There’s plenty of stories about the generosity that Elvis showed toward his friends, family, and even complete strangers. Tales of Elvis giving away houses and new cars are common knowledge, but a new one to me was when he visited the Shelby County Jail on Christmas Eve just to wish the prisoners a merry Christmas. But his dark side is well represented as well. After all, GK is the one who first introduced Elvis to George Nichopoulous aka Dr. Nick.
And of course the book is literally filled with interesting anecdotes about Elvis’s meeting with various other stars. Like when Elvis’s idol Dean Martin gave him some acting advice backstage at a ’50s concert. Or the time Jerry Lee Lewis and Sam Phillips stopped by Graceland and Elvis and Jerry Lee spent the night at the piano. Or the all-night gospel sings with James Brown. Or when Elvis won over an all-black crowd at a show headlined by the likes of Ray Charles and B.B. King. Or how about when he put GK in charge of seeing that Jackie Wilson was “taken care of” after the legendary soul singer fell at a 1975 concert, leaving him in a vegetative state for the remaining nine years of his life.
But what really shone through in the book were the more personal stories. You could tell how much the two men- Elvis and GK- truly cared for one another. Whether it was smoking weed with Elvis and Priscilla at Graceland or listening repeatedly to a record of Charlie Rich singing “The Most Beautiful Girl in the World” in Elvis’s hospital room shortly after his divorce, their friendship and the simple stories about the normal aspects of life are what is at the heart of the book. (Not that anything around Elvis can be said to be “normal”- after all, he made a personal phone call to President Carter in an attempt to keep GK out of jail.)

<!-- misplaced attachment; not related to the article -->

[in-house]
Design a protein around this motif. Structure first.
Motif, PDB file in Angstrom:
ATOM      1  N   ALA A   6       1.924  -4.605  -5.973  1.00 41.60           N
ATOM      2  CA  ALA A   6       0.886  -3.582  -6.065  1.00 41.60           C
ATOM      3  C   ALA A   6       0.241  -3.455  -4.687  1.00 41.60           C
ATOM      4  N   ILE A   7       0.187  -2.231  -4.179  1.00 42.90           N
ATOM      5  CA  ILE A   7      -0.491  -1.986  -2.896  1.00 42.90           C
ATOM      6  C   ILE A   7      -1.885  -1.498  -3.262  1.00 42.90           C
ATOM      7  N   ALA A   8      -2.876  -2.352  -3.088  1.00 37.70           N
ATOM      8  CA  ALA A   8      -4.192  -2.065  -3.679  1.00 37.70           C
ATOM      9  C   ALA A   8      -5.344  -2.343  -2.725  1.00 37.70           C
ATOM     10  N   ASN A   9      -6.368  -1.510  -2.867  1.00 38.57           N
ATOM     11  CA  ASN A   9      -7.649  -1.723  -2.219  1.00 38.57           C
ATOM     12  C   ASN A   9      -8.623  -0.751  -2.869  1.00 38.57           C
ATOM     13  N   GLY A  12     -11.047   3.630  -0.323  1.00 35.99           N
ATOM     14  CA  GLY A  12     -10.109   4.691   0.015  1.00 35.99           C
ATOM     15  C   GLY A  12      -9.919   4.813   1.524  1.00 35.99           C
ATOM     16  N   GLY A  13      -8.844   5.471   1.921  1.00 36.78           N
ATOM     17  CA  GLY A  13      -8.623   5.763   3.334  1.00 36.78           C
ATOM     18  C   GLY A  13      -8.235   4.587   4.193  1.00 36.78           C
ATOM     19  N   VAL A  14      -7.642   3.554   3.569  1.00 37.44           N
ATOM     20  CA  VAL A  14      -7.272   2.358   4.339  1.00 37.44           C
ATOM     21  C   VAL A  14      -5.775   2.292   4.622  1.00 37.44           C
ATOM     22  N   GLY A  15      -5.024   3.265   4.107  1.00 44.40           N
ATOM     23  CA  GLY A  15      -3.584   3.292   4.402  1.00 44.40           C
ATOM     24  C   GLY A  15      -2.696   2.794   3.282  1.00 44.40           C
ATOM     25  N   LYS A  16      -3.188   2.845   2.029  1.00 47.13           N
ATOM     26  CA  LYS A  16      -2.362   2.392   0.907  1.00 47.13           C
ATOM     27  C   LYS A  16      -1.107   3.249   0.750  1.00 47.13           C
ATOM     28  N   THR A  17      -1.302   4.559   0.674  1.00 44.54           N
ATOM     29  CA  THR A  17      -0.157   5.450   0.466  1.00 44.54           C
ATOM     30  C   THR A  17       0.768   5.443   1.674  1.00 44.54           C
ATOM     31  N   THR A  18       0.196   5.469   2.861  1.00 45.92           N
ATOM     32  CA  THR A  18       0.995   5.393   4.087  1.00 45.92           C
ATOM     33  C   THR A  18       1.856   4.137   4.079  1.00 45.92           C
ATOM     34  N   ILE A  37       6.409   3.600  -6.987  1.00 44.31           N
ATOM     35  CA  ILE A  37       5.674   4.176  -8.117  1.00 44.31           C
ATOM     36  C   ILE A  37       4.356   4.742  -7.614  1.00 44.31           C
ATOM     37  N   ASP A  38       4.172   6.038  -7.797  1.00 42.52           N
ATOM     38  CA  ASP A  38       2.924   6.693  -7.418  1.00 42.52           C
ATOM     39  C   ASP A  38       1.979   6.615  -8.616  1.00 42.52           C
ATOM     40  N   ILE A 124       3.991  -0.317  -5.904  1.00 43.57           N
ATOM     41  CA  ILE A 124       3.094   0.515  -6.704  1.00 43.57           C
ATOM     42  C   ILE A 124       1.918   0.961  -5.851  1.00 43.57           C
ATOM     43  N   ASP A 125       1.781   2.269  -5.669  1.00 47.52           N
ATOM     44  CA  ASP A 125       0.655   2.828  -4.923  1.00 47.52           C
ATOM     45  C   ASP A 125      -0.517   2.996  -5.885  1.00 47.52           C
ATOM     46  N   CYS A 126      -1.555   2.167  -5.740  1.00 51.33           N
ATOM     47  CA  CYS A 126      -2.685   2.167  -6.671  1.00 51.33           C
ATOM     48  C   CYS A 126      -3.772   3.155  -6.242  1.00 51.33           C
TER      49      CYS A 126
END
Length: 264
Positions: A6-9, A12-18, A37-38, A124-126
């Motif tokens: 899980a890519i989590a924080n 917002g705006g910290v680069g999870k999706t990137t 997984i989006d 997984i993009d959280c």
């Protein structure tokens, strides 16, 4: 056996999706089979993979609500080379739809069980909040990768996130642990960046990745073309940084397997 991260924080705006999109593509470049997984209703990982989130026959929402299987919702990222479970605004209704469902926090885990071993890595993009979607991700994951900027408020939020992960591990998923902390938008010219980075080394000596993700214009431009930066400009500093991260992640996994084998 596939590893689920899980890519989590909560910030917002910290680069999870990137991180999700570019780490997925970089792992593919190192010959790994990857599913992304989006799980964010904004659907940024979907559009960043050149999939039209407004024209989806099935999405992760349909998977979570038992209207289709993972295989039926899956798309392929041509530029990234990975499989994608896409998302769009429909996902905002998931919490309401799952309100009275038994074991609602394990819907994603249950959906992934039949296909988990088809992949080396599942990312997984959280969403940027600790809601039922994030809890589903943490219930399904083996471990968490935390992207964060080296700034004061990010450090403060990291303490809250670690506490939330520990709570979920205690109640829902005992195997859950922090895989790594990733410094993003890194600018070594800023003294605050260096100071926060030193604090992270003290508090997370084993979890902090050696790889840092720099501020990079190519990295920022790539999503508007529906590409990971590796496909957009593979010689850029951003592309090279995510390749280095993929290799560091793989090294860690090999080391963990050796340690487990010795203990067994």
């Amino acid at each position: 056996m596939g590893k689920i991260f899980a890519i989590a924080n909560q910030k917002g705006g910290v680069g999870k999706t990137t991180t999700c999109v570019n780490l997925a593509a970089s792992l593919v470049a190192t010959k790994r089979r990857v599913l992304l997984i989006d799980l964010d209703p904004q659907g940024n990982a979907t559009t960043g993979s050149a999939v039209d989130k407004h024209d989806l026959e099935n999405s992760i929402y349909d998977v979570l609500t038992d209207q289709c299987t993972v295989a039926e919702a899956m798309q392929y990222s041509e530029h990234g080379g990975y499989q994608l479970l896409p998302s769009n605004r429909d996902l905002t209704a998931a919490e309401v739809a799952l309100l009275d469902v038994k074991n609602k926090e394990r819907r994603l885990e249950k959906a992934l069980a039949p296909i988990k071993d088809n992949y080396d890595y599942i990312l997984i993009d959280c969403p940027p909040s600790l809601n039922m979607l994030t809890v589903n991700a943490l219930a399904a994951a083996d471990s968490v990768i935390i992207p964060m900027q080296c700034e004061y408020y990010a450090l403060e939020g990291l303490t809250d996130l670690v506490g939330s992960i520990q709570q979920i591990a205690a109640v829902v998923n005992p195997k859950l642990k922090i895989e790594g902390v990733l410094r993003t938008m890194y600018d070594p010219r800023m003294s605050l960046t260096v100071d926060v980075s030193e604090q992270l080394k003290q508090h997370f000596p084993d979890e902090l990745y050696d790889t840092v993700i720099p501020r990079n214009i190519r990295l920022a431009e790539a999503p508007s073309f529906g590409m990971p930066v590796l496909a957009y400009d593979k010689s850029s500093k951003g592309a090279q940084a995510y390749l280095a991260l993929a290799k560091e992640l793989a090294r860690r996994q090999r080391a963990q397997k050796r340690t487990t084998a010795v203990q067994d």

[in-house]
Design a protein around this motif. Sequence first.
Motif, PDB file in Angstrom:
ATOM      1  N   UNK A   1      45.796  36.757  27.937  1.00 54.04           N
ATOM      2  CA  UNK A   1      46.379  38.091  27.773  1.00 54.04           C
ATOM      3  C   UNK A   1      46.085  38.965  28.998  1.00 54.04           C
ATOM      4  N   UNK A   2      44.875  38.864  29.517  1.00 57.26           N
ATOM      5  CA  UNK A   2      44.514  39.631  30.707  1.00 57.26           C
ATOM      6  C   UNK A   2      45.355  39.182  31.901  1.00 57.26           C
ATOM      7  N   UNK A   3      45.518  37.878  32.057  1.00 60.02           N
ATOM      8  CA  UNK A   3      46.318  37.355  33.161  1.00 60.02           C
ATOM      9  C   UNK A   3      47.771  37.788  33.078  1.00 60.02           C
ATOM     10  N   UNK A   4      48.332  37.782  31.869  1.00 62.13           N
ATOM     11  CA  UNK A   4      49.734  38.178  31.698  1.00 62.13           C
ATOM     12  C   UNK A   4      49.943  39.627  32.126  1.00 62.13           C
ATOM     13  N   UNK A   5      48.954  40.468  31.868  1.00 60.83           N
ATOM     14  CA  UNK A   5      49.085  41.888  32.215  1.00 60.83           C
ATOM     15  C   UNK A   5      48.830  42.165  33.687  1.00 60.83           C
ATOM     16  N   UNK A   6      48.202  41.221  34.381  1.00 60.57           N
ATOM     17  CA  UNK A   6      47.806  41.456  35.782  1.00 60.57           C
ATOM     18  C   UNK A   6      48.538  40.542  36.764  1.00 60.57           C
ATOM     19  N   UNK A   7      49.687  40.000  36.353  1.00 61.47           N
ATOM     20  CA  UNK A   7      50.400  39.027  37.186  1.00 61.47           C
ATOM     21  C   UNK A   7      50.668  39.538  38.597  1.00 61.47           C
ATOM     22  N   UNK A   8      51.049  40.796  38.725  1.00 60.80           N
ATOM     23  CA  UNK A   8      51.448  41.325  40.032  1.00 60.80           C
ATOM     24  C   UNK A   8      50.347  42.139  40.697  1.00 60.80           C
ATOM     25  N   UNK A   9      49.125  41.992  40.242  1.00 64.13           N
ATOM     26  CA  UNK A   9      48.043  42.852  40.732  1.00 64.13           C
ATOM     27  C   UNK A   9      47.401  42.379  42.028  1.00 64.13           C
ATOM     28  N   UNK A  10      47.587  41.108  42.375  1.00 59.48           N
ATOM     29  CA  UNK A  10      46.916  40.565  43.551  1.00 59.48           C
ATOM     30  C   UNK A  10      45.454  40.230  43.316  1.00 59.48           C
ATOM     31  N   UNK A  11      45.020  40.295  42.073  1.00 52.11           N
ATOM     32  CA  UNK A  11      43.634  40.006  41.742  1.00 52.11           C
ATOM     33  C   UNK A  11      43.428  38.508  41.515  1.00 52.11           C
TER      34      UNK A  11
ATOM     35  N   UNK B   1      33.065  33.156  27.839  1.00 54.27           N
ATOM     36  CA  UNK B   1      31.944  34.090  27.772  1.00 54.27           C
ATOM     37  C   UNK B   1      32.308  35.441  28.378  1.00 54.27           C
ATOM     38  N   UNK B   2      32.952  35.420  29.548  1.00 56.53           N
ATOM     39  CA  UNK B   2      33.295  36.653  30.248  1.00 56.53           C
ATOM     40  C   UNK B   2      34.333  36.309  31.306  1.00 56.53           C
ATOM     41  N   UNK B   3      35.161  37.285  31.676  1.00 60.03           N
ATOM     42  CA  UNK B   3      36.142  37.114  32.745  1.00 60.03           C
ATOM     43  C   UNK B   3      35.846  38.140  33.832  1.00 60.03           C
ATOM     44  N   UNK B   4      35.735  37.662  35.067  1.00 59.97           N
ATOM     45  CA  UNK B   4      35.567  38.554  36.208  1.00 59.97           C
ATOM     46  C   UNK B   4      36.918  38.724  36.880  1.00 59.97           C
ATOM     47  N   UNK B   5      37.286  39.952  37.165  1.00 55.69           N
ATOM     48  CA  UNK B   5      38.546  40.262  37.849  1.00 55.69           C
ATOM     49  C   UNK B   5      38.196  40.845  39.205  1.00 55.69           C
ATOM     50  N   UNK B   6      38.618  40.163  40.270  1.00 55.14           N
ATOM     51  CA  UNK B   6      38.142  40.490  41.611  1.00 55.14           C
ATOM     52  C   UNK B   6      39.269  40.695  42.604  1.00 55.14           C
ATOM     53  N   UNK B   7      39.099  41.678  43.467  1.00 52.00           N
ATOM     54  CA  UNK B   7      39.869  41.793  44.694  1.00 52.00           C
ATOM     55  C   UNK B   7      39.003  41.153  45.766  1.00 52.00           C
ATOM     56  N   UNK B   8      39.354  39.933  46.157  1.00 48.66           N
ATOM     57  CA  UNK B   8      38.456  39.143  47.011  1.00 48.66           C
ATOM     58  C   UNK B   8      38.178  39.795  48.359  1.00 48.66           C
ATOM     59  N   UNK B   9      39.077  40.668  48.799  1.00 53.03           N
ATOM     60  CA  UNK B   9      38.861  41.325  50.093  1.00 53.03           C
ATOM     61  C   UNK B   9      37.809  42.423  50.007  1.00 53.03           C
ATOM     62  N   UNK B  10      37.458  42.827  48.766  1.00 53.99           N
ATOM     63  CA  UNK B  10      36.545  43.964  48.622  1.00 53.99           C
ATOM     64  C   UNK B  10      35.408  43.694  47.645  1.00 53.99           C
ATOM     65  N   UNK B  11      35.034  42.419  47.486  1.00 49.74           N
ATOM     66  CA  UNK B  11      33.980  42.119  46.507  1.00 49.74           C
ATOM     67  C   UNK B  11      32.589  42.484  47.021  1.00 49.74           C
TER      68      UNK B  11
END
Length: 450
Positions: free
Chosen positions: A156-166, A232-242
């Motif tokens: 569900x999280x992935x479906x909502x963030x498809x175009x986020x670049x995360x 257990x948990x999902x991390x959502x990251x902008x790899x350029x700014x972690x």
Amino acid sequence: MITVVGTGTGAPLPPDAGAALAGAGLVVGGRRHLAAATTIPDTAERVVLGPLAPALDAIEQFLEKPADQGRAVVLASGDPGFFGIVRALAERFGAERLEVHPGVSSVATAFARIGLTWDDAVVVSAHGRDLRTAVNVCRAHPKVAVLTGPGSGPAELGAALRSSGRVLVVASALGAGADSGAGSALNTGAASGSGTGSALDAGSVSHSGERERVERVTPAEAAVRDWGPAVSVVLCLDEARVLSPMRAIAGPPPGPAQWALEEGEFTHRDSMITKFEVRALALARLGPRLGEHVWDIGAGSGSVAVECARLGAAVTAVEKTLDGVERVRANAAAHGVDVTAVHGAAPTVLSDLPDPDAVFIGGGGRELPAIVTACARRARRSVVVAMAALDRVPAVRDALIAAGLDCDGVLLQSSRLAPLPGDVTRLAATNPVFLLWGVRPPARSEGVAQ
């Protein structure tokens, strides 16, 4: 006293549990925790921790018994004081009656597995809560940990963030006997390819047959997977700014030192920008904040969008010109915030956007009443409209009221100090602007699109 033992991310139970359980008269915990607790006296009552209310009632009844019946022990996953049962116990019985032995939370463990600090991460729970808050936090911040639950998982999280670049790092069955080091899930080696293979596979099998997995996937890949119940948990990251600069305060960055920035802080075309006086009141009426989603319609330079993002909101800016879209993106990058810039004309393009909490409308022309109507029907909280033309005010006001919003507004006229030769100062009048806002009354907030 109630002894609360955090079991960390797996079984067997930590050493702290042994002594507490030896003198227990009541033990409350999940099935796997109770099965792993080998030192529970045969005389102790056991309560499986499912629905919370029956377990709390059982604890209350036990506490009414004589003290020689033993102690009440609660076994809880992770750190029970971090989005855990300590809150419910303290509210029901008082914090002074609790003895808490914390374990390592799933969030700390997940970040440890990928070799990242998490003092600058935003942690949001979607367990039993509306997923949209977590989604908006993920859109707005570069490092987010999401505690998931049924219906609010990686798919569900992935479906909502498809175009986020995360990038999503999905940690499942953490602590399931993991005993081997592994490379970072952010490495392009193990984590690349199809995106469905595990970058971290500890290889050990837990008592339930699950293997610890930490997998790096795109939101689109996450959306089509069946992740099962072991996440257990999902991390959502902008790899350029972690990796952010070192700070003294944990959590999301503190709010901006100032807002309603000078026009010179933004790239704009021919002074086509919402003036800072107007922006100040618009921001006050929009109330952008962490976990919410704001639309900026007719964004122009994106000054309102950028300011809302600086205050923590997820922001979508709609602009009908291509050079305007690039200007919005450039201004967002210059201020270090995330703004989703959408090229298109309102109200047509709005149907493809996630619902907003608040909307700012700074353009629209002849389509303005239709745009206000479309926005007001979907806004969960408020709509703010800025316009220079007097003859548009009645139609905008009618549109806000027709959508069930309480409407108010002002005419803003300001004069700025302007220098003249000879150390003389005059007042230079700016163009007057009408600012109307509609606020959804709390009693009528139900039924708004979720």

As the book nears the conclusion, the stories become both more personal and more heartbreaking, although there are still plenty of good times (like when the entire Memphis Mafia, including Vernon Presley, gathered in a Tampa hotel room to watch two groupies put on a “show”).
At times the book reads more like the story of GK than of Elvis and that is fine too, because as I already mentioned he is a hell of a storyteller and his long career in radio and in the music business ensure that he is full of stories. We learn, for example, that he was the first person to play Johnny Cash and Jerry Lee Lewis on the radio, we hear about him crossing a major color line in the segregated south by pairing Fats Domino with white dancers on Memphis TV, learn that he emceed a Beatles concert in Memphis amid protests over John Lennon’s “Jesus” comment, and read about him hanging out with Hendrix backstage.
Overall, this book was a fast, entertaining read. If you want to read a book about Elvis, you can do far worse than this one. But you can also do much better by reading anything written on the subject by Peter Guralnick (Last Train to Memphis: The Rise of Elvis Presley and Careless Love: The Unmaking of Elvis Presley) or Greil Marcus (Mystery Train: Images of America in Rock ‘n’ Roll Music, Dead Elvis: A Chronicle of a Cultural Obsession, and Double Trouble: Bill Clinton and Elvis Presley in a Land of No Alternatives).